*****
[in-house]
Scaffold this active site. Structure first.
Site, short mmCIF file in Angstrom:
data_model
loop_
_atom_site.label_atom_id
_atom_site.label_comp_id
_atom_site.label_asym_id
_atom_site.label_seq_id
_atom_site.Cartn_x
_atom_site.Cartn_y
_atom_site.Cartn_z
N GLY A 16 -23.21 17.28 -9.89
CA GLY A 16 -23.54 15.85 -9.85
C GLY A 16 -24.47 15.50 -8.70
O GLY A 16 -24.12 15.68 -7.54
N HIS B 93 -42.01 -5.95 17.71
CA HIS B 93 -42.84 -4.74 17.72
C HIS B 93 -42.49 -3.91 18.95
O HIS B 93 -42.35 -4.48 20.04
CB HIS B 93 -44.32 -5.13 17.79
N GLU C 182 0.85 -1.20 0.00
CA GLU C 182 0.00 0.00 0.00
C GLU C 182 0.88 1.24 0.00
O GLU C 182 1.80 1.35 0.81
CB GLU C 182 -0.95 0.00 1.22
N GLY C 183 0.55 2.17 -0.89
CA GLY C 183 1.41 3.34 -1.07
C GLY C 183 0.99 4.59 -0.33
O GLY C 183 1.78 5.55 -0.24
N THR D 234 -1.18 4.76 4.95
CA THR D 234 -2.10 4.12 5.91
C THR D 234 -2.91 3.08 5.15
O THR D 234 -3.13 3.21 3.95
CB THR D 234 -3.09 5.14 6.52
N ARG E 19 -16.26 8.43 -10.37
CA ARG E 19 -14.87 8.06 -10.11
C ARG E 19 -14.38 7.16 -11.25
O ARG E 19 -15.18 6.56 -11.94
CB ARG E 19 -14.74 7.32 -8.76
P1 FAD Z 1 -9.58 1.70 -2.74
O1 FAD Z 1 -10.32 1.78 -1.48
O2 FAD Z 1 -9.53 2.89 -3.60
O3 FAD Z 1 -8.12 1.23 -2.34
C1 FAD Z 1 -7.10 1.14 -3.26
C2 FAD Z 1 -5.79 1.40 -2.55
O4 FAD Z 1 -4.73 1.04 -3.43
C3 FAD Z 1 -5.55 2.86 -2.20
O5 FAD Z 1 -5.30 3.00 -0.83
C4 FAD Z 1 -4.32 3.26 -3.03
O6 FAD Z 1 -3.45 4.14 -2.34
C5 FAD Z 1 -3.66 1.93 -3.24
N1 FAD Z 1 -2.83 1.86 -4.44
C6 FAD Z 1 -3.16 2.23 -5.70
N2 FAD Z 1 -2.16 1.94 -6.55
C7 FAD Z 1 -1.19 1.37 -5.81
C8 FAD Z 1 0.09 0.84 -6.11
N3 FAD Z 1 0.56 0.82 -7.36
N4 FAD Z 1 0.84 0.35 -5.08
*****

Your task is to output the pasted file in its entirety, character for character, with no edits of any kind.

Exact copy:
[in-house]
Scaffold this active site. Structure first.
Site, short mmCIF file in Angstrom:
data_model
loop_
_atom_site.label_atom_id
_atom_site.label_comp_id
_atom_site.label_asym_id
_atom_site.label_seq_id
_atom_site.Cartn_x
_atom_site.Cartn_y
_atom_site.Cartn_z
N GLY A 16 -23.21 17.28 -9.89
CA GLY A 16 -23.54 15.85 -9.85
C GLY A 16 -24.47 15.50 -8.70
O GLY A 16 -24.12 15.68 -7.54
N HIS B 93 -42.01 -5.95 17.71
CA HIS B 93 -42.84 -4.74 17.72
C HIS B 93 -42.49 -3.91 18.95
O HIS B 93 -42.35 -4.48 20.04
CB HIS B 93 -44.32 -5.13 17.79
N GLU C 182 0.85 -1.20 0.00
CA GLU C 182 0.00 0.00 0.00
C GLU C 182 0.88 1.24 0.00
O GLU C 182 1.80 1.35 0.81
CB GLU C 182 -0.95 0.00 1.22
N GLY C 183 0.55 2.17 -0.89
CA GLY C 183 1.41 3.34 -1.07
C GLY C 183 0.99 4.59 -0.33
O GLY C 183 1.78 5.55 -0.24
N THR D 234 -1.18 4.76 4.95
CA THR D 234 -2.10 4.12 5.91
C THR D 234 -2.91 3.08 5.15
O THR D 234 -3.13 3.21 3.95
CB THR D 234 -3.09 5.14 6.52
N ARG E 19 -16.26 8.43 -10.37
CA ARG E 19 -14.87 8.06 -10.11
C ARG E 19 -14.38 7.16 -11.25
O ARG E 19 -15.18 6.56 -11.94
CB ARG E 19 -14.74 7.32 -8.76
P1 FAD Z 1 -9.58 1.70 -2.74
O1 FAD Z 1 -10.32 1.78 -1.48
O2 FAD Z 1 -9.53 2.89 -3.60
O3 FAD Z 1 -8.12 1.23 -2.34
C1 FAD Z 1 -7.10 1.14 -3.26
C2 FAD Z 1 -5.79 1.40 -2.55
O4 FAD Z 1 -4.73 1.04 -3.43
C3 FAD Z 1 -5.55 2.86 -2.20
O5 FAD Z 1 -5.30 3.00 -0.83
C4 FAD Z 1 -4.32 3.26 -3.03
O6 FAD Z 1 -3.45 4.14 -2.34
C5 FAD Z 1 -3.66 1.93 -3.24
N1 FAD Z 1 -2.83 1.86 -4.44
C6 FAD Z 1 -3.16 2.23 -5.70
N2 FAD Z 1 -2.16 1.94 -6.55
C7 FAD Z 1 -1.19 1.37 -5.81
C8 FAD Z 1 0.09 0.84 -6.11
N3 FAD Z 1 0.56 0.82 -7.36
N4 FAD Z 1 0.84 0.35 -5.08